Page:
A Harvard Professor Has Just Called Coconut Oil "Pure Poison". Here's What You Need To Know About It.

    Descriptions of its supposed benefits have been really misleading.

    In an online lecture that has gone viral, professor Karin Michaels, an epidemiology researcher from Harvard's T.H. Chan School of Public Health, has referred to coconut oil as "one of the worst things you can eat".

    Michaels also said that the substance was about as good for wellness as "pure poison".

    The lecture, titled "Coconut oil and other nutritional errors" was conducted at the University of Freiburg.

    Michaels based her statements on the high level of saturated fat in coconut oil, which raises cholesterol levels in the blood and increases risk of cardiovascular disease.

    The statements from Michaels' lecture may have come as a shock to many who believe in the health benefits of coconut oil, which has become a fashionable addition to Western diets in recent years.

    There are countless coconut oil recipes recommending its addition to baked goods, smoothies, stir fries, broth, and coffee.

    Numerous lists on the internet espouse coconut oil's purported health benefits, such as helping to reduce hunger, reducing cholesterol and increasing fat burning.

    Although its popularity has waned in recent years since a consumption peak in 2012 in Australia, the perception that coconut oil is a healthy addition to diets appears to have persisted.

    Okay, so what do the studies say about coconut oil?

    The oil has a high content of saturated fatty acids (92%) and has been classified by dietary bodies alongside butter, palm oil, and animal fats as a source of saturated fat to be consumed only at low levels in the diet.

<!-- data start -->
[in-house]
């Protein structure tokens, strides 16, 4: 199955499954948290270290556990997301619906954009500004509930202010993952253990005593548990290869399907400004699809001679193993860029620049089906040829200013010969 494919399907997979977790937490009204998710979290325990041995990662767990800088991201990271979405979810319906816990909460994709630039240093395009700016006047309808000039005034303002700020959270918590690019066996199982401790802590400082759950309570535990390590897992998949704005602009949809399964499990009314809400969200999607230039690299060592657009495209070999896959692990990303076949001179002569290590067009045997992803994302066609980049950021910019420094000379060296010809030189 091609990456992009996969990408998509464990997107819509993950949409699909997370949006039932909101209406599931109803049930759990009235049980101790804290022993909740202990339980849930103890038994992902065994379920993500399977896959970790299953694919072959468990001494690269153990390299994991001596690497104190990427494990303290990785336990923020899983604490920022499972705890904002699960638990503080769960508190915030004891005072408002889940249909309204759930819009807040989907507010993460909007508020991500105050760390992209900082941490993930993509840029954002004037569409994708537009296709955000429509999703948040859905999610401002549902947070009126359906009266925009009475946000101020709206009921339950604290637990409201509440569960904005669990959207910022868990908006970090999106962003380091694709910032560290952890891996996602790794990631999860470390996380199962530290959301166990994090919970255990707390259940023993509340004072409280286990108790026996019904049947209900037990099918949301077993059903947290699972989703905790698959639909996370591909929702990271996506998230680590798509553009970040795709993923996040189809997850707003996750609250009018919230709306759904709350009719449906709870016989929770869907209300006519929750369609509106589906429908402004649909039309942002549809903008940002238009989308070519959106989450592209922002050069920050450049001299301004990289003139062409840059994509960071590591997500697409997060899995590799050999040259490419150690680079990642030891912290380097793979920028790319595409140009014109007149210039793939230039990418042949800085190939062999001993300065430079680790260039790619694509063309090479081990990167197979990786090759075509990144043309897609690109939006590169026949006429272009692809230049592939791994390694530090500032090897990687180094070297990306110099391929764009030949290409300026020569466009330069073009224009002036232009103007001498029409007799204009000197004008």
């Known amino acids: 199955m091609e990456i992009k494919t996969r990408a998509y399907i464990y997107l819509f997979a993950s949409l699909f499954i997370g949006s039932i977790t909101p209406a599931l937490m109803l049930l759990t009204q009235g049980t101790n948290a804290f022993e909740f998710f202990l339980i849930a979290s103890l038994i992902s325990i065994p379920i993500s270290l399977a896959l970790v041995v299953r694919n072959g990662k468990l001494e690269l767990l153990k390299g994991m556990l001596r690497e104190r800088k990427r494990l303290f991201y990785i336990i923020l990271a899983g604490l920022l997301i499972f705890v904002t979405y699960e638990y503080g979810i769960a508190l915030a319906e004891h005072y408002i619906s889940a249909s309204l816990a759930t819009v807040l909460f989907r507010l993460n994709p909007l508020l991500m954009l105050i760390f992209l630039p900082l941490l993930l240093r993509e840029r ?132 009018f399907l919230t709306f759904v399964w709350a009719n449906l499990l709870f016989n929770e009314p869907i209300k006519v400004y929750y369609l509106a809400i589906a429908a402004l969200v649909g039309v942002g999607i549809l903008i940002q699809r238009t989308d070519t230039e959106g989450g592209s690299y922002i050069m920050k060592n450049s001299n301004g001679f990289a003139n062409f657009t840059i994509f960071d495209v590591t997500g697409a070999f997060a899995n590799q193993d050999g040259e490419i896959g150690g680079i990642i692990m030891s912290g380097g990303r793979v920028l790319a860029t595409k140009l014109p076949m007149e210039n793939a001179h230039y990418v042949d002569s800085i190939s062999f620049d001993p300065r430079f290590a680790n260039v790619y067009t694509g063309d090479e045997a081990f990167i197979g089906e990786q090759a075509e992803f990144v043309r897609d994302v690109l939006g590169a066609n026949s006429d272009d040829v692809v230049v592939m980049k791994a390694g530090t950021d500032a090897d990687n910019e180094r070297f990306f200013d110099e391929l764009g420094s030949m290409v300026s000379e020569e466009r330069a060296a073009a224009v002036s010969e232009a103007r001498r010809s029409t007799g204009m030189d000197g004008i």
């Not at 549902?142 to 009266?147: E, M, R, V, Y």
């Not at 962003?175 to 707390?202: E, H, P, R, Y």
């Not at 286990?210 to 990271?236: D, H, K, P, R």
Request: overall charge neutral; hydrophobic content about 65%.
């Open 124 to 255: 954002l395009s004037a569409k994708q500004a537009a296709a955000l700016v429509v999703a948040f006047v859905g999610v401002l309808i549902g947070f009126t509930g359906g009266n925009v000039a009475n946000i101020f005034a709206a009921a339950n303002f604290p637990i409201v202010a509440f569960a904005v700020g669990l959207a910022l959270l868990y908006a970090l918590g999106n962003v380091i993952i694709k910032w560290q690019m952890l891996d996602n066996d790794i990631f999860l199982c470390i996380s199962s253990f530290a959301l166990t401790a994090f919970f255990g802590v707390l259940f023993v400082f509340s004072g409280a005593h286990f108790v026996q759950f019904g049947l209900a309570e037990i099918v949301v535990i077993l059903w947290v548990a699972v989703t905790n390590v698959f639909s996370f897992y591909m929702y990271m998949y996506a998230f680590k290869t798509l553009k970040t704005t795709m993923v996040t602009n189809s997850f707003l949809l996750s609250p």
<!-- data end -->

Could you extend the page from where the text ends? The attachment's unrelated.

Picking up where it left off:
The American Heart Association (AHA) published a report on dietary fats last year that found despite 72% of Americans rating coconut oil as a "healthy food", there are not enough beneficial effects to outweigh the negative effects of its use.

    The AHA report concluded: "We advise against the use of coconut oil".

    Nutritionist Catherine Saxelby told BuzzFeed News that coconut does not have any recognisable benefits compared to other sources of fats.

    "It doesn't have any vitamins or minerals or any helpful phytochemicals...extra virgin olive oil does and sunflower oil is very high in vitamin E, but coconut [oil] doesn't have any obvious health benefits that I can see."

    While some pop health articles on the internet have told readers that coconut oil does not significantly increase low-density lipoprotein (LDL) cholesterol, this contradicts the literature.

    LDL is widely recognised as the "bad" cholesterol that builds up in the walls of arteries and increases risk of cardiovascular disease and heart attack.

    The AHA report found seven controlled trials that tested cholesterol levels and six of those trials saw a significant increase in LDL cholesterol after consuming coconut oil.

    The trials showed that coconut oil raised LDL levels significantly compared with olive oil – but not as much as butter.

    New Zealand's Heart Foundation came to the same conclusion in 2014 saying that "nothing in the literature disputes the fact it acts as a saturated fat and raises total cholesterol, LDL cholesterol and HDL cholesterol".